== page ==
A backdoor Roth IRA is a way for those who earn too much to contribute to a Roth IRA to still take advantage of one. The backdoor Roth is a technique, not an official account type.
What Is a Backdoor Roth IRA?
A backdoor Roth IRA is a technique by which investors whose income is too high to make a direct Roth IRA contribution can divert funds to a Roth IRA account.
For 2019, the income limits to be able to contribute to a Roth IRA are:
- If your modified adjusted gross income (MAGI) is less than $122,000 you can contribute the full amount.
- If your MAGI is in the range of $122,000 to $136,999 than you can contribute a phased-out amount based on where your income falls within this range.
- No contributions can be made if you MAGI is $137,000 or more.
Married Filing Jointly
- If your MAGI is less than $193,000 you can contribute the full amount.
- If your MAGI is in the range of $193,000 to $202,999 than you can contribute a phased-out amount based on where your income falls within this range.
- No contributions can be made if you MAGI is $203,000 or more.
How Does a Backdoor Roth IRA Work?
A backdoor Roth IRA is a workaround for those who earn too much to contribute to a Roth IRA account directly.
A backdoor Roth IRA involves contributing to a traditional IRA account then converting that contribution to a Roth IRA. There are no income limitations on after-tax contributions to a traditional IRA account, there are for pre-tax contributions to a traditional IRA if you are covered by a retirement plan, such as a 401(k), by your employer.
Benefits of a Backdoor Roth IRA
Roth IRA accounts are not subject to taxes upon withdrawal as long as your first Roth was opened at least five years prior and you are at least age 59½. Tax-free withdrawals in retirement can be appealing.
Some benefits of a Roth IRA account and reasons to consider a backdoor Roth IRA include:
- A Roth IRA account can provide tax diversification for your retirement savings if you also have retirement money in a traditional IRA and other pre-tax retirement accounts such as a 401(k).
- Roth IRAs are not subject to required minimum distributions at age 70½ like traditional IRAs. If you don't need to withdraw the funds they can stay invested until needed. This feature makes a Roth IRA an excellent estate planning vehicle as these funds can be passed to a spousal beneficiary and retain their tax-free status. Non-spousal beneficiaries will have to take required minimum distributions, but these distributions will not be taxed.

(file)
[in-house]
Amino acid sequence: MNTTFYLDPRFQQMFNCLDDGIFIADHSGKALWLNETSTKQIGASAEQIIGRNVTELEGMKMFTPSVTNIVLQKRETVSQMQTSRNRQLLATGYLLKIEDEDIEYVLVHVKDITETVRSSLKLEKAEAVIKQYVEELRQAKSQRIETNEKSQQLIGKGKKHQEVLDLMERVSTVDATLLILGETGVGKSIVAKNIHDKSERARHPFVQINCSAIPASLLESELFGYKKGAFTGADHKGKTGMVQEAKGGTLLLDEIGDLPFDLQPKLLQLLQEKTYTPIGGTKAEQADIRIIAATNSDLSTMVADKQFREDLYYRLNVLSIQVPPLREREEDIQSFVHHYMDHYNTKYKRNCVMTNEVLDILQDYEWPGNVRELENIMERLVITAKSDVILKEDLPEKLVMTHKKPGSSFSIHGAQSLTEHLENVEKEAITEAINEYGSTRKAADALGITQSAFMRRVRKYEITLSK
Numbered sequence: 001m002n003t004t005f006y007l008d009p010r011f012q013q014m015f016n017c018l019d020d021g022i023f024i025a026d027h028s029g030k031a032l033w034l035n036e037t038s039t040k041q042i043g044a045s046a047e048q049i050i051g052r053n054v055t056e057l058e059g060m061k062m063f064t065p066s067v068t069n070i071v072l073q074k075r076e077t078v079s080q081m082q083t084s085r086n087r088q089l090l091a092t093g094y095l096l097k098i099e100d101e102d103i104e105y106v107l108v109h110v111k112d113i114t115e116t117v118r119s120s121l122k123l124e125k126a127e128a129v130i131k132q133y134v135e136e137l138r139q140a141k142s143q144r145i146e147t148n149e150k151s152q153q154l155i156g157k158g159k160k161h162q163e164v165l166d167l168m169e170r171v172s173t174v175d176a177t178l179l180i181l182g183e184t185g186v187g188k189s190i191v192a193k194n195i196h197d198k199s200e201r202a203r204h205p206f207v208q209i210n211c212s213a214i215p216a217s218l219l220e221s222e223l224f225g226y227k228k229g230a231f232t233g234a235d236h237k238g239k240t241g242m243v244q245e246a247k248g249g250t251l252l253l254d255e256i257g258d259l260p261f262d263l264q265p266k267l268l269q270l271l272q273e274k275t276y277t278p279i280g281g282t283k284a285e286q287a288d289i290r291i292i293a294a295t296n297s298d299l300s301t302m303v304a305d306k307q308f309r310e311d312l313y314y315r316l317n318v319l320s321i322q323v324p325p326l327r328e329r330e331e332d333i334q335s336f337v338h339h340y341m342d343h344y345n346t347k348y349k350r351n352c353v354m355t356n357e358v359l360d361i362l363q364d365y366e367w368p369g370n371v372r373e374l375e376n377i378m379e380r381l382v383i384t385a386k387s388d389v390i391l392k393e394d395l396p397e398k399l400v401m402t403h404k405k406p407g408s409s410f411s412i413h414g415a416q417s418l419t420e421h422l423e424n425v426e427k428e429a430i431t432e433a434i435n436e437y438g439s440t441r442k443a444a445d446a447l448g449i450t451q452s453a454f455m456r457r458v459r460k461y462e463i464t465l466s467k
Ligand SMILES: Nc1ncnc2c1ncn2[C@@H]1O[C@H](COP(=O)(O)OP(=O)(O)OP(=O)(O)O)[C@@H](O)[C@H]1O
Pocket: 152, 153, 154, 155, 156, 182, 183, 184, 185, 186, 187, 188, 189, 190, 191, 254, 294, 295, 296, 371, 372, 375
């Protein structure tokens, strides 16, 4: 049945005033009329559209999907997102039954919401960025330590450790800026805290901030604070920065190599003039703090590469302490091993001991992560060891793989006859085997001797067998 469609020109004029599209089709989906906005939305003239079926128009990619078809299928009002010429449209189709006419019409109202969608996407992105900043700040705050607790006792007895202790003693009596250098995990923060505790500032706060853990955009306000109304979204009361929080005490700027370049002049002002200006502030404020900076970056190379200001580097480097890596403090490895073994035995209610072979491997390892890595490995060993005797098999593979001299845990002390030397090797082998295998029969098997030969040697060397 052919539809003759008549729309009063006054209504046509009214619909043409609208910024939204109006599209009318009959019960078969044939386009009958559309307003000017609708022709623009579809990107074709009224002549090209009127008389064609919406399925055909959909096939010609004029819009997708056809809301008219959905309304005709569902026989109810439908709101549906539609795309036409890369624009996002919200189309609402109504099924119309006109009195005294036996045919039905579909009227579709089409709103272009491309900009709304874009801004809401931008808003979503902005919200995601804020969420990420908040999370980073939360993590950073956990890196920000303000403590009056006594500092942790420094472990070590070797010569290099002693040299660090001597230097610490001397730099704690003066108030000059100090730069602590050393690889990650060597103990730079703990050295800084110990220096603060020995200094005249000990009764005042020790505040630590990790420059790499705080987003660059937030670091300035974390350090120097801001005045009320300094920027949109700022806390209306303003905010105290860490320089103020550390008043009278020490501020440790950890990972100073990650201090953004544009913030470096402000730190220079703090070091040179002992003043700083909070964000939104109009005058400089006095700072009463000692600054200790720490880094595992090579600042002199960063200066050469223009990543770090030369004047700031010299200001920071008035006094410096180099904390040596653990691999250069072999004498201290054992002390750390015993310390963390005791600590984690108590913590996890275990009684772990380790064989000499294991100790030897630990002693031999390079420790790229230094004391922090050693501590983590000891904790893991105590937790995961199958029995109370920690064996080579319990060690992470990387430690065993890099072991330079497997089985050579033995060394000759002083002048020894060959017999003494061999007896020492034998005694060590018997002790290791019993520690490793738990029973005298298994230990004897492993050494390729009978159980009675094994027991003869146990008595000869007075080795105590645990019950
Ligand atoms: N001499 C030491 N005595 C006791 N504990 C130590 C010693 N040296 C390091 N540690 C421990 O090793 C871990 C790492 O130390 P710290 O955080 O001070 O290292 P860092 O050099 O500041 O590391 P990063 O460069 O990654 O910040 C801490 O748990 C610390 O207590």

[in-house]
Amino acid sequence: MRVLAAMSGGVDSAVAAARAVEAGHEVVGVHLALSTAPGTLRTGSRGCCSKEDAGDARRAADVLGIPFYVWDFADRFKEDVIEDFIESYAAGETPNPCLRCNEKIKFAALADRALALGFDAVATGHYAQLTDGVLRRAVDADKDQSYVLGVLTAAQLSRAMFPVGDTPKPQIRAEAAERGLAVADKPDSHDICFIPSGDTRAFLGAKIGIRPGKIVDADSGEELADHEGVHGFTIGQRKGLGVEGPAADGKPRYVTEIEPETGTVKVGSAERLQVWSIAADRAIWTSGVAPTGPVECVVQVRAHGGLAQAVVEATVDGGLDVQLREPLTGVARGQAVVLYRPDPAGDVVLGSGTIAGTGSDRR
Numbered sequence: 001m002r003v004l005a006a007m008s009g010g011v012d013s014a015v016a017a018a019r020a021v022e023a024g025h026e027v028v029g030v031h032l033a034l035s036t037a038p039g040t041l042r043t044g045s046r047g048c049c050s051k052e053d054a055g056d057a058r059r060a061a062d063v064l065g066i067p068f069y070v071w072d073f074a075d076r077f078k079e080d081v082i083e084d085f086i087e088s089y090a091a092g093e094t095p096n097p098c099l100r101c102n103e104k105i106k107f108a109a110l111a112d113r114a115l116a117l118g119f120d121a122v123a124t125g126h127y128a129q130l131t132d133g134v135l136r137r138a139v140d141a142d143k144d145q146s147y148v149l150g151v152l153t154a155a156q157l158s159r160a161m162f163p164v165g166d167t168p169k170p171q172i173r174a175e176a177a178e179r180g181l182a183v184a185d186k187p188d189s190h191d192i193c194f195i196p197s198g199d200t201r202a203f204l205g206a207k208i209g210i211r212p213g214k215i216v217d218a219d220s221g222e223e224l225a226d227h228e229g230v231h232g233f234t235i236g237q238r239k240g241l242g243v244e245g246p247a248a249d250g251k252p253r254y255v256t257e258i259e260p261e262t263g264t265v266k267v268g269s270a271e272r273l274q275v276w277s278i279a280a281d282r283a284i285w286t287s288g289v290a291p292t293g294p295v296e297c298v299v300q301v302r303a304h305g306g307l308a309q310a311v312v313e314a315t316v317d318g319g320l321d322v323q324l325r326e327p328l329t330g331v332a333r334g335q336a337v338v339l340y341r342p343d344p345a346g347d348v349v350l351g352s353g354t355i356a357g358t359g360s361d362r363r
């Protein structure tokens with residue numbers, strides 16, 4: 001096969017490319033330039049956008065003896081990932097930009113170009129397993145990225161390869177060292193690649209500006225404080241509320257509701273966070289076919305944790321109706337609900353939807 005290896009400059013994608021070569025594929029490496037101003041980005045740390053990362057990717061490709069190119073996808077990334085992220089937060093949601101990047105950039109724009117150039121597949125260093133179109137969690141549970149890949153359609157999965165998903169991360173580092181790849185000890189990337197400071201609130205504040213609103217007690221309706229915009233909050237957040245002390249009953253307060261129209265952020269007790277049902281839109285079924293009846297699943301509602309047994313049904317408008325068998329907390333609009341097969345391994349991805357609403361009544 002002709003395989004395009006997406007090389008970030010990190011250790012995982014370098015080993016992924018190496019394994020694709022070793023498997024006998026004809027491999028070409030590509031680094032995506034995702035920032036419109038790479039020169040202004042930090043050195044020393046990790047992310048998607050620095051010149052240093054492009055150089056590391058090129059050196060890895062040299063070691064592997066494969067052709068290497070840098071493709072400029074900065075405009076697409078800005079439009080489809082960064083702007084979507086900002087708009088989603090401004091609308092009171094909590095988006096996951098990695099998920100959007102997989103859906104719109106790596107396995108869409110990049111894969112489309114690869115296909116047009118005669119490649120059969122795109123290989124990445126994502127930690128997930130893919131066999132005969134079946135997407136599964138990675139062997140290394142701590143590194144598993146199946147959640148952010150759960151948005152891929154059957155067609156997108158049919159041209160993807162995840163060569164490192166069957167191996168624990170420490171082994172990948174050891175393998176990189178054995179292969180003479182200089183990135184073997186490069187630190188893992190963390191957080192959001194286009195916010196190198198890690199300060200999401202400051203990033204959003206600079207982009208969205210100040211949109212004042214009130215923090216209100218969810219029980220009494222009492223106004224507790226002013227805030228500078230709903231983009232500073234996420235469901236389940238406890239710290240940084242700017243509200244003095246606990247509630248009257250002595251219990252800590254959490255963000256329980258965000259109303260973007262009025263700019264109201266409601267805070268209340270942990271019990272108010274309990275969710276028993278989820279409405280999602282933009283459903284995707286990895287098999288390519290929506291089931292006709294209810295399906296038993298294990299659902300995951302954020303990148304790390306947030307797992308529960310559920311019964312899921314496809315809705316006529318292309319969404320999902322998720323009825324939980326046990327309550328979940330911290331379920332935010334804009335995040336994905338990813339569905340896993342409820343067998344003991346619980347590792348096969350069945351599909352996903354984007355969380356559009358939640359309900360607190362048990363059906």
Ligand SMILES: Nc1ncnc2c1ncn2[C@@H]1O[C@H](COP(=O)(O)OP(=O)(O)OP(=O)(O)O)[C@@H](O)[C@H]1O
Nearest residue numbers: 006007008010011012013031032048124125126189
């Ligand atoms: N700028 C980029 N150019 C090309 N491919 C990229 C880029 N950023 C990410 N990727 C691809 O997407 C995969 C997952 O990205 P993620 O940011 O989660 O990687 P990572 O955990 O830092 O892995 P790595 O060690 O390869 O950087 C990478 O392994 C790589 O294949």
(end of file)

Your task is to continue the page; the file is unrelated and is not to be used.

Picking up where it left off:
How Do You Open a Backdoor Roth IRA?
There are a number of steps involved in creating a backdoor Roth IRA:
- Fund a traditional IRA account with an after-tax contribution. For tax year 2019, the maximum contribution allowed to an IRA is $6,000 with an extra $1,000 catch-up contribution for those who will be 50 or older at any point during the year. If you don't have a traditional IRA account already open, you may need to open a new IRA account.
- If you don't have one, be sure to open a Roth IRA account.
- If you haven't done a backdoor Roth in the past, it is a good idea to discuss the process with the custodian of the accounts.
- You then convert the money contributed to the traditional IRA account to a Roth. This could be just the contribution for the current tax year or could include additional funds in the traditional IRA.
It should be noted for those with access to a 401(k) plan through their employer, if the plan offers a Roth option, there are no income limits. You can contribute up to the maximum levels to the Roth option, though any employer matching will be made to a traditional account option.
What are the Tax Implications of a Backdoor Roth?
The tax implications of doing a backdoor Roth will vary based on your situation.
- Money that was contributed on a pre-tax basis will be taxed in the year the Roth conversion is done.
- Any earnings within the traditional IRA account, regardless of whether the contribution was made on a pre-tax or an after-tax basis, will be taxed in the year converted.
- Taxes due on the conversion to the Roth are ordinary income taxes, not capital gains taxes.
If the contribution to the traditional IRA is made on an after-tax basis, if there are no earnings on that contribution within the account and if you have no other funds in a traditional IRA account then the entire amount can be converted tax-free.
If you are looking to convert after-tax contributions, but also have money in traditional IRA accounts that were contributed on a pre-tax basis and/or is the result of tax-deferred gains in the account, then the conversion of the after-tax contribution will be partially taxed. The percentage of the conversion that will be taxed will be the same as the percentage of the traditional IRA funds that don't consist of after-tax money.
For example, your traditional IRA account has $100,000 that was all contributed on a pre-tax basis. You contribute $6,000 on an after-tax basis and immediately convert that amount to a Roth IRA. The amount taxed would be $5,660 or roughly 94.3% of the total ($100,000 divided by $106,000).
One tactic to avoid being taxed if you have funds in a traditional IRA account that would put you in this situation is to do a reverse rollover of these IRA funds to your 401(k) plan at work if your employer allows this. For those who are self-employed, you could do this same thing into a solo 401(k) account.
This would then allow you to make after-tax contributions to a traditional IRA and convert those contributions tax-free each year to a Roth IRA.